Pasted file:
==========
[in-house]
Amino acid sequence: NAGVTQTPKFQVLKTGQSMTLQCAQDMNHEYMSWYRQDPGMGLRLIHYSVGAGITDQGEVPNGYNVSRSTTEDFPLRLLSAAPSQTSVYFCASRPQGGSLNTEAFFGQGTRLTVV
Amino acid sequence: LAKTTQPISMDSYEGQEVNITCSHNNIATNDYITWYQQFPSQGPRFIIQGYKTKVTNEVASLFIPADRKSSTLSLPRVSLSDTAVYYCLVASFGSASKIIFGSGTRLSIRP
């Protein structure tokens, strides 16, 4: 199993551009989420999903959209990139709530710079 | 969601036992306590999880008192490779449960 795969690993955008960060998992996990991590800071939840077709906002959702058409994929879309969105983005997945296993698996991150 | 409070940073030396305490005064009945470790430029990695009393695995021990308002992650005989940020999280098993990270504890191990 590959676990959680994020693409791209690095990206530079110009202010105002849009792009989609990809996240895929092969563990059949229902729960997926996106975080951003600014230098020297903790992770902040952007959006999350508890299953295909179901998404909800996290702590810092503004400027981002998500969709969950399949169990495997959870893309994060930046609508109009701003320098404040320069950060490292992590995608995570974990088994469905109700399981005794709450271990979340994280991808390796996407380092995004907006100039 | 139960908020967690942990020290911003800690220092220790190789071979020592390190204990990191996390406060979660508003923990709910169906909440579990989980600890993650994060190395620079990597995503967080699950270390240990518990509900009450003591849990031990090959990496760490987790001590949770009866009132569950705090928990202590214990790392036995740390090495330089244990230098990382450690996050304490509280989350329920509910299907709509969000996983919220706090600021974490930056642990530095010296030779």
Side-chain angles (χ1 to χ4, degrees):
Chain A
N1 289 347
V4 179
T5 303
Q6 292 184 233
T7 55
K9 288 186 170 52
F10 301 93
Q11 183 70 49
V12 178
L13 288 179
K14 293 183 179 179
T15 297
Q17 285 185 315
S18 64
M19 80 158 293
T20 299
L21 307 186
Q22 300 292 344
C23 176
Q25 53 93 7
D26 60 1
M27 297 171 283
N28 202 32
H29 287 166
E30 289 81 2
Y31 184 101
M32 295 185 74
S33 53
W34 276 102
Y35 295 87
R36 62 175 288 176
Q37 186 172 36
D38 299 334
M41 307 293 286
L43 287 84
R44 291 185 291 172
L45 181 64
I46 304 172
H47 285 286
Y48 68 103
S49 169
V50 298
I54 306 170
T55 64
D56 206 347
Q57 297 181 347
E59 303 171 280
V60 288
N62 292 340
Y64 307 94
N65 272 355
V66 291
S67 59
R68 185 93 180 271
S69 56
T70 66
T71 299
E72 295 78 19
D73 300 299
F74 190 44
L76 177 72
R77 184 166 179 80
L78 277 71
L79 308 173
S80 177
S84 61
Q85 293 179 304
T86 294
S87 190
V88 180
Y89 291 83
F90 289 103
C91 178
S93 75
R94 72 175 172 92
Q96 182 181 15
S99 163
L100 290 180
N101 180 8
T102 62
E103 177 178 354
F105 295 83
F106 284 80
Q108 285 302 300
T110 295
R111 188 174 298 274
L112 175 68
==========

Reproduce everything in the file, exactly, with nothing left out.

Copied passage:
[in-house]
Amino acid sequence: NAGVTQTPKFQVLKTGQSMTLQCAQDMNHEYMSWYRQDPGMGLRLIHYSVGAGITDQGEVPNGYNVSRSTTEDFPLRLLSAAPSQTSVYFCASRPQGGSLNTEAFFGQGTRLTVV
Amino acid sequence: LAKTTQPISMDSYEGQEVNITCSHNNIATNDYITWYQQFPSQGPRFIIQGYKTKVTNEVASLFIPADRKSSTLSLPRVSLSDTAVYYCLVASFGSASKIIFGSGTRLSIRP
């Protein structure tokens, strides 16, 4: 199993551009989420999903959209990139709530710079 | 969601036992306590999880008192490779449960 795969690993955008960060998992996990991590800071939840077709906002959702058409994929879309969105983005997945296993698996991150 | 409070940073030396305490005064009945470790430029990695009393695995021990308002992650005989940020999280098993990270504890191990 590959676990959680994020693409791209690095990206530079110009202010105002849009792009989609990809996240895929092969563990059949229902729960997926996106975080951003600014230098020297903790992770902040952007959006999350508890299953295909179901998404909800996290702590810092503004400027981002998500969709969950399949169990495997959870893309994060930046609508109009701003320098404040320069950060490292992590995608995570974990088994469905109700399981005794709450271990979340994280991808390796996407380092995004907006100039 | 139960908020967690942990020290911003800690220092220790190789071979020592390190204990990191996390406060979660508003923990709910169906909440579990989980600890993650994060190395620079990597995503967080699950270390240990518990509900009450003591849990031990090959990496760490987790001590949770009866009132569950705090928990202590214990790392036995740390090495330089244990230098990382450690996050304490509280989350329920509910299907709509969000996983919220706090600021974490930056642990530095010296030779």
Side-chain angles (χ1 to χ4, degrees):
Chain A
N1 289 347
V4 179
T5 303
Q6 292 184 233
T7 55
K9 288 186 170 52
F10 301 93
Q11 183 70 49
V12 178
L13 288 179
K14 293 183 179 179
T15 297
Q17 285 185 315
S18 64
M19 80 158 293
T20 299
L21 307 186
Q22 300 292 344
C23 176
Q25 53 93 7
D26 60 1
M27 297 171 283
N28 202 32
H29 287 166
E30 289 81 2
Y31 184 101
M32 295 185 74
S33 53
W34 276 102
Y35 295 87
R36 62 175 288 176
Q37 186 172 36
D38 299 334
M41 307 293 286
L43 287 84
R44 291 185 291 172
L45 181 64
I46 304 172
H47 285 286
Y48 68 103
S49 169
V50 298
I54 306 170
T55 64
D56 206 347
Q57 297 181 347
E59 303 171 280
V60 288
N62 292 340
Y64 307 94
N65 272 355
V66 291
S67 59
R68 185 93 180 271
S69 56
T70 66
T71 299
E72 295 78 19
D73 300 299
F74 190 44
L76 177 72
R77 184 166 179 80
L78 277 71
L79 308 173
S80 177
S84 61
Q85 293 179 304
T86 294
S87 190
V88 180
Y89 291 83
F90 289 103
C91 178
S93 75
R94 72 175 172 92
Q96 182 181 15
S99 163
L100 290 180
N101 180 8
T102 62
E103 177 178 354
F105 295 83
F106 284 80
Q108 285 302 300
T110 295
R111 188 174 298 274
L112 175 68